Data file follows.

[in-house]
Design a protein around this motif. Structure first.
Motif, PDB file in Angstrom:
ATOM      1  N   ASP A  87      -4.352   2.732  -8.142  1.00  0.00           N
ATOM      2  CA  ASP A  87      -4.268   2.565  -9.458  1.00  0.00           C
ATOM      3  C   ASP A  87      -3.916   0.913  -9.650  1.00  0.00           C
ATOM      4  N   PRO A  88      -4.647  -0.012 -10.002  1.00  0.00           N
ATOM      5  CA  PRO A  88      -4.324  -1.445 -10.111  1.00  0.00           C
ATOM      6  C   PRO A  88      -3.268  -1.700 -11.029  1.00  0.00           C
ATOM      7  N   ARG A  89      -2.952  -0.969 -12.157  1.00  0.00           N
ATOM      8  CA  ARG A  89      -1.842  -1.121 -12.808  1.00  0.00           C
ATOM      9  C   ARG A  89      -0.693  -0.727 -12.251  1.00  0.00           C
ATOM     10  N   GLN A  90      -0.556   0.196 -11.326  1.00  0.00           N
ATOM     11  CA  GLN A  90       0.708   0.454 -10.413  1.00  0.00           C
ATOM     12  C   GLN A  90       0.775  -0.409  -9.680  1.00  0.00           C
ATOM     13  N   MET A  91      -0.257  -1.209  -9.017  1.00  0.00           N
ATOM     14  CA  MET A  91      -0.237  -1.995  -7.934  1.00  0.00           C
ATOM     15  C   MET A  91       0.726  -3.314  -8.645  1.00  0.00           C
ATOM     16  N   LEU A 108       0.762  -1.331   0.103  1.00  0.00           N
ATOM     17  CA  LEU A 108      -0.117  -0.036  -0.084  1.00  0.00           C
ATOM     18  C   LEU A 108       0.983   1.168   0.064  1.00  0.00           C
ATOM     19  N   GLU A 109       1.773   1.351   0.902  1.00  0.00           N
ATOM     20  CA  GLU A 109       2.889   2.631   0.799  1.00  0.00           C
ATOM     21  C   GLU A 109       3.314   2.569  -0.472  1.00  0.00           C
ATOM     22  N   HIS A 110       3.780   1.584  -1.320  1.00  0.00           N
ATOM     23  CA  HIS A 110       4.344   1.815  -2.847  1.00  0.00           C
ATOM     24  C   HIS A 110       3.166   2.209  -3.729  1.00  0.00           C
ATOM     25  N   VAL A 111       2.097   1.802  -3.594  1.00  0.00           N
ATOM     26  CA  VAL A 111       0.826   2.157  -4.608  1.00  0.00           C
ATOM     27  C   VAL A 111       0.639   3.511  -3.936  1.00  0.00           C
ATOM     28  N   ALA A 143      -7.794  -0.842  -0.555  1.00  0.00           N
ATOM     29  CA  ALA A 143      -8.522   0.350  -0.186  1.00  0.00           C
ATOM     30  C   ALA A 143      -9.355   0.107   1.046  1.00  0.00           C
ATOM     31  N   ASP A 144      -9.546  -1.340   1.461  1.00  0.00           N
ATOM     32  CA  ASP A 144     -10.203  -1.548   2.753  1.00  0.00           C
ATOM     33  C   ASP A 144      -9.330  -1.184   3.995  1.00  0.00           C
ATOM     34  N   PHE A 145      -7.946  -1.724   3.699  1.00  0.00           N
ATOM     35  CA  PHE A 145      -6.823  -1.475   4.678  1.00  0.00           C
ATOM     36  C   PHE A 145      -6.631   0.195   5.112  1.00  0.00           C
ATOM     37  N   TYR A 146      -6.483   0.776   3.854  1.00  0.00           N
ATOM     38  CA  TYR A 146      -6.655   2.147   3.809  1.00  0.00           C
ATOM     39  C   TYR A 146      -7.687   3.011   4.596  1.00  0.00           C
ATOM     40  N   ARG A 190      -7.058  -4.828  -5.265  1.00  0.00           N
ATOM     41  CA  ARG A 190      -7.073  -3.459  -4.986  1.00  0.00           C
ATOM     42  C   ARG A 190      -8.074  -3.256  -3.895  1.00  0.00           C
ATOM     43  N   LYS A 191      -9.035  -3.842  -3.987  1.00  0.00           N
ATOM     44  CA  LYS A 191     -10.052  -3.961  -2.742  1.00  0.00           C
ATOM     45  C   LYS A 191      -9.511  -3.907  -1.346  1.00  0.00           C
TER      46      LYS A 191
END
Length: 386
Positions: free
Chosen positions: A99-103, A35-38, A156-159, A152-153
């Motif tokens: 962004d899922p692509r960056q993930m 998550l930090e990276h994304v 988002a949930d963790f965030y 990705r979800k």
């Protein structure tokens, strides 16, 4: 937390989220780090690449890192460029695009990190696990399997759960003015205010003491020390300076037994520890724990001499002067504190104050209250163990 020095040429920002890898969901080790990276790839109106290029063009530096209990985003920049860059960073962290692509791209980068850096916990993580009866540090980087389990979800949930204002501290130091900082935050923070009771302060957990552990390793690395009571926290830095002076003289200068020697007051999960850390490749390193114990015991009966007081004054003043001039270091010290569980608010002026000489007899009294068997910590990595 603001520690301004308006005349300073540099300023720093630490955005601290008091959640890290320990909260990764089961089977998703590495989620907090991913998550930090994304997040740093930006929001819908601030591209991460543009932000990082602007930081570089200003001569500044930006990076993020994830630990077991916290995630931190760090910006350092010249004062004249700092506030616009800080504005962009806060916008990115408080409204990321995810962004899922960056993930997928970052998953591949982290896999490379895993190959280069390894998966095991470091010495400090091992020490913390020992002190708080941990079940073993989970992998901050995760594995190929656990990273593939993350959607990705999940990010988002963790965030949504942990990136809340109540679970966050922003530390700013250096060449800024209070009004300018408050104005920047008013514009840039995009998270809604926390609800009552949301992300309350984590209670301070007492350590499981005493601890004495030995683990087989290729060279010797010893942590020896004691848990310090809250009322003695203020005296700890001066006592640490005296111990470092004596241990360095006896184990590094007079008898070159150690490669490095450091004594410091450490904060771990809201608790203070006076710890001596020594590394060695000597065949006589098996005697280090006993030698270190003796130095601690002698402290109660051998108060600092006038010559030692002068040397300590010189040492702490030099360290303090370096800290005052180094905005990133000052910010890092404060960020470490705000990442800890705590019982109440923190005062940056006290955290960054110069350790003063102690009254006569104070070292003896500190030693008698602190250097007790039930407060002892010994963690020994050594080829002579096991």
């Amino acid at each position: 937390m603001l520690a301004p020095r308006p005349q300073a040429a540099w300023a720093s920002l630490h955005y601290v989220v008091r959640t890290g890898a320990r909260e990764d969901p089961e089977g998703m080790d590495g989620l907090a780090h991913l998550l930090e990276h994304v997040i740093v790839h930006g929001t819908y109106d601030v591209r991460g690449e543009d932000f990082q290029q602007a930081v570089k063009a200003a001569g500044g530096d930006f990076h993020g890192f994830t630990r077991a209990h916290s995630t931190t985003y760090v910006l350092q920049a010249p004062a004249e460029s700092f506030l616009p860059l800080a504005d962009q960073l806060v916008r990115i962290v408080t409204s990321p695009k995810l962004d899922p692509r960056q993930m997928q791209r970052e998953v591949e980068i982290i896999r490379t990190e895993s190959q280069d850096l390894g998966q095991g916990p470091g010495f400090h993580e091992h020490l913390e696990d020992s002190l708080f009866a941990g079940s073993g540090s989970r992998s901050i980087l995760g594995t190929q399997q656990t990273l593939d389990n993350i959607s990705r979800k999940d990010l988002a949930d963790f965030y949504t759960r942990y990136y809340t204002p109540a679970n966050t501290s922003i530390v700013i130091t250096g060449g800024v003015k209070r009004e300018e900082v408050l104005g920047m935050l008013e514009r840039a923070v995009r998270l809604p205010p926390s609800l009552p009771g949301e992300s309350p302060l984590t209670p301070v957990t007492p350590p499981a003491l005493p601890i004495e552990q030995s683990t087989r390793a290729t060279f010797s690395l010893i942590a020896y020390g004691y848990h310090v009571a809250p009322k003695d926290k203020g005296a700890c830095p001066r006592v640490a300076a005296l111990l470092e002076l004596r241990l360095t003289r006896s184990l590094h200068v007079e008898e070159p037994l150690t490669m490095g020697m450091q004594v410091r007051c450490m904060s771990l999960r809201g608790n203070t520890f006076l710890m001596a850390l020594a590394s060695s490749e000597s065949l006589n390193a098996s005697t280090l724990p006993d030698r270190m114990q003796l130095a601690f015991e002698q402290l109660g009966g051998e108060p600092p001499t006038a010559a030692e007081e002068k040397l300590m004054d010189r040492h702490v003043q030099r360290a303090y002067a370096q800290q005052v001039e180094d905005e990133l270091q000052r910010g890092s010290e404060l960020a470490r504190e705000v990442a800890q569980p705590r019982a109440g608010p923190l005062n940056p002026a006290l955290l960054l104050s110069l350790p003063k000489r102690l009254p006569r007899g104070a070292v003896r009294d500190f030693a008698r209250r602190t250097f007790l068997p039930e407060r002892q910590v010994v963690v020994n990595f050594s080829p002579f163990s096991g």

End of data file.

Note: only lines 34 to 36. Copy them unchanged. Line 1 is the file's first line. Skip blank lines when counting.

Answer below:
ATOM     31  N   ASP A 144      -9.546  -1.340   1.461  1.00  0.00           N
ATOM     32  CA  ASP A 144     -10.203  -1.548   2.753  1.00  0.00           C
ATOM     33  C   ASP A 144      -9.330  -1.184   3.995  1.00  0.00           C